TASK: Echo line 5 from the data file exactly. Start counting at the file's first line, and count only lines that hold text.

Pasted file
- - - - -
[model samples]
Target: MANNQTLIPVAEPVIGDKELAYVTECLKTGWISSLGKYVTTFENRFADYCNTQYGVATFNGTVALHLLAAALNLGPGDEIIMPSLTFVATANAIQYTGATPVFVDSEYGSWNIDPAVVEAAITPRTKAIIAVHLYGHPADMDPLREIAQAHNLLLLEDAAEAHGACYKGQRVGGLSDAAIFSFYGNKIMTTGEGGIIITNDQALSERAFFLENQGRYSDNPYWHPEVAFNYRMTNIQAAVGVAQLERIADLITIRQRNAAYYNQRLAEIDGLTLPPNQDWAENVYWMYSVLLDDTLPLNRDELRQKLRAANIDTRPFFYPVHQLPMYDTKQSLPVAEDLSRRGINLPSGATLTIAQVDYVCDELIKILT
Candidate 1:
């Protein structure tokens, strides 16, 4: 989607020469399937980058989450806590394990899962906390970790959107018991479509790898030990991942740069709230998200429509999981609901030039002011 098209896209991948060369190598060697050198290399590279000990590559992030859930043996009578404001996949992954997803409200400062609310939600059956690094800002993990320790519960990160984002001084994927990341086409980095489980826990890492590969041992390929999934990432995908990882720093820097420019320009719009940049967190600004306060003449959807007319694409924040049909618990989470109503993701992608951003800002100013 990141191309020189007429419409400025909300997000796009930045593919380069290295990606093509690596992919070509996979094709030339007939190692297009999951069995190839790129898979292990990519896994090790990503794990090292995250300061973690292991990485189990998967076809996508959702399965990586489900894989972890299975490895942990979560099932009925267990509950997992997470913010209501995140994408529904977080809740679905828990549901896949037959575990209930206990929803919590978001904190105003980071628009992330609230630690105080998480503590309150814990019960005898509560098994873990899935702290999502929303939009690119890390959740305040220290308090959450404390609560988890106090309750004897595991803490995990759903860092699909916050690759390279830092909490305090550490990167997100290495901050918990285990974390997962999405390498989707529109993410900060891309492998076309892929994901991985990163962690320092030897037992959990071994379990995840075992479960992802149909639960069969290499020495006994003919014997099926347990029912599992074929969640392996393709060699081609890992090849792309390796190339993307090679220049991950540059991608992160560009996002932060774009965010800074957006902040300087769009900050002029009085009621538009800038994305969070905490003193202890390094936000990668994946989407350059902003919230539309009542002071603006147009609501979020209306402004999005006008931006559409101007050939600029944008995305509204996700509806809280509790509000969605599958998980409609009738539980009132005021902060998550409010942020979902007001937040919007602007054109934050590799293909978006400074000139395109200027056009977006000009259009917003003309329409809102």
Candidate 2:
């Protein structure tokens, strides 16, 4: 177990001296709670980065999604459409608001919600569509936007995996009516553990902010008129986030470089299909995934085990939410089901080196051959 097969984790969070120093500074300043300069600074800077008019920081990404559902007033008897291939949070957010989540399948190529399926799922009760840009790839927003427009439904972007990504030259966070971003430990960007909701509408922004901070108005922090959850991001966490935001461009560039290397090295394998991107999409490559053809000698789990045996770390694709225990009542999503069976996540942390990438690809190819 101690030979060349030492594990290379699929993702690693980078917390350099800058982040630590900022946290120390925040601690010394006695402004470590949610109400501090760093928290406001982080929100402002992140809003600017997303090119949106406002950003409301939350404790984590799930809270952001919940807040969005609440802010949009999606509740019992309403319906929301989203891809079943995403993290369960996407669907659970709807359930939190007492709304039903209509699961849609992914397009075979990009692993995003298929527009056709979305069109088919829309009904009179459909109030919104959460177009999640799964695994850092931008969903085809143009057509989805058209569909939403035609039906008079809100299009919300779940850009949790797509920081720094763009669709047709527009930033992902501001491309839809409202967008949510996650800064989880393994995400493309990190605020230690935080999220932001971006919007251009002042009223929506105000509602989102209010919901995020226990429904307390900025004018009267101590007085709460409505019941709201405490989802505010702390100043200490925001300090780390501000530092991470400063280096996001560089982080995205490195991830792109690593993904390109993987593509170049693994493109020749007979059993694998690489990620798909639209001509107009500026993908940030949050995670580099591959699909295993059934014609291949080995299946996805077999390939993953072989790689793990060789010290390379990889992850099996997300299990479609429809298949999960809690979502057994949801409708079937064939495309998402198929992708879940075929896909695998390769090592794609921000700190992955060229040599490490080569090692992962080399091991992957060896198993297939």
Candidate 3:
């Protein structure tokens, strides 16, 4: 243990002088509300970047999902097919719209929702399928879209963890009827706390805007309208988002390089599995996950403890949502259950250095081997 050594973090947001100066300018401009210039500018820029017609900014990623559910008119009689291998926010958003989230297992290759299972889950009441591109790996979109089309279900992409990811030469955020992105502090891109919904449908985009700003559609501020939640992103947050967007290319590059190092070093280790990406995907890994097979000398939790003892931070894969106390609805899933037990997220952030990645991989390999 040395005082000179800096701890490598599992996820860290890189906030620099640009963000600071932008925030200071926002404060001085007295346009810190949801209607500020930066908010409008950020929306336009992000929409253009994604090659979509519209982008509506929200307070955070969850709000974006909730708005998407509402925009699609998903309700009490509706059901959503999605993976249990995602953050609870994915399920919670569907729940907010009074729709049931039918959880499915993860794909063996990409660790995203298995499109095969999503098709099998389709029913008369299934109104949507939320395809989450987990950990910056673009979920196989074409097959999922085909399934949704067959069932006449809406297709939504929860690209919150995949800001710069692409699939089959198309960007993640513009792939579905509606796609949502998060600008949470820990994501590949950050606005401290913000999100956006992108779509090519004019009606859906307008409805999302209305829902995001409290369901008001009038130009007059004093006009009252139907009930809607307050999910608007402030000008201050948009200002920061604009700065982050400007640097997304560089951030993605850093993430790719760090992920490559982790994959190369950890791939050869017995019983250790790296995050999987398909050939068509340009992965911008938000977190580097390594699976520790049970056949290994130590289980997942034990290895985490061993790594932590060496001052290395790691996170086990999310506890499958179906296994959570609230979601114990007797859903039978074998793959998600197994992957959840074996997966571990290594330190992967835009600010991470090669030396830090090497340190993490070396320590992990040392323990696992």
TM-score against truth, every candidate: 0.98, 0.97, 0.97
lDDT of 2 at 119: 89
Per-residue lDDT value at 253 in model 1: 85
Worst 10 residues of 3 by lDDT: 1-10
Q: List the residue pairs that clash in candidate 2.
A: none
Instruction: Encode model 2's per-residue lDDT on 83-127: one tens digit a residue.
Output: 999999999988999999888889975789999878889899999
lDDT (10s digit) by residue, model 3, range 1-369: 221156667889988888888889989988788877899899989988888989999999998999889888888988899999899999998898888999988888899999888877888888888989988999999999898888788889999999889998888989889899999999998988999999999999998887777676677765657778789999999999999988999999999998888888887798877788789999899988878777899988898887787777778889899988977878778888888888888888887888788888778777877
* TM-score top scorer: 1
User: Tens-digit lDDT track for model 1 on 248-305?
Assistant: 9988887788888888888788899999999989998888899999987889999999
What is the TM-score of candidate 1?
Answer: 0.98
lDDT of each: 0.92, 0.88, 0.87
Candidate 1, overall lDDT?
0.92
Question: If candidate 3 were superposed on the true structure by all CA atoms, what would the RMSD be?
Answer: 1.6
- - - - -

Candidate 2: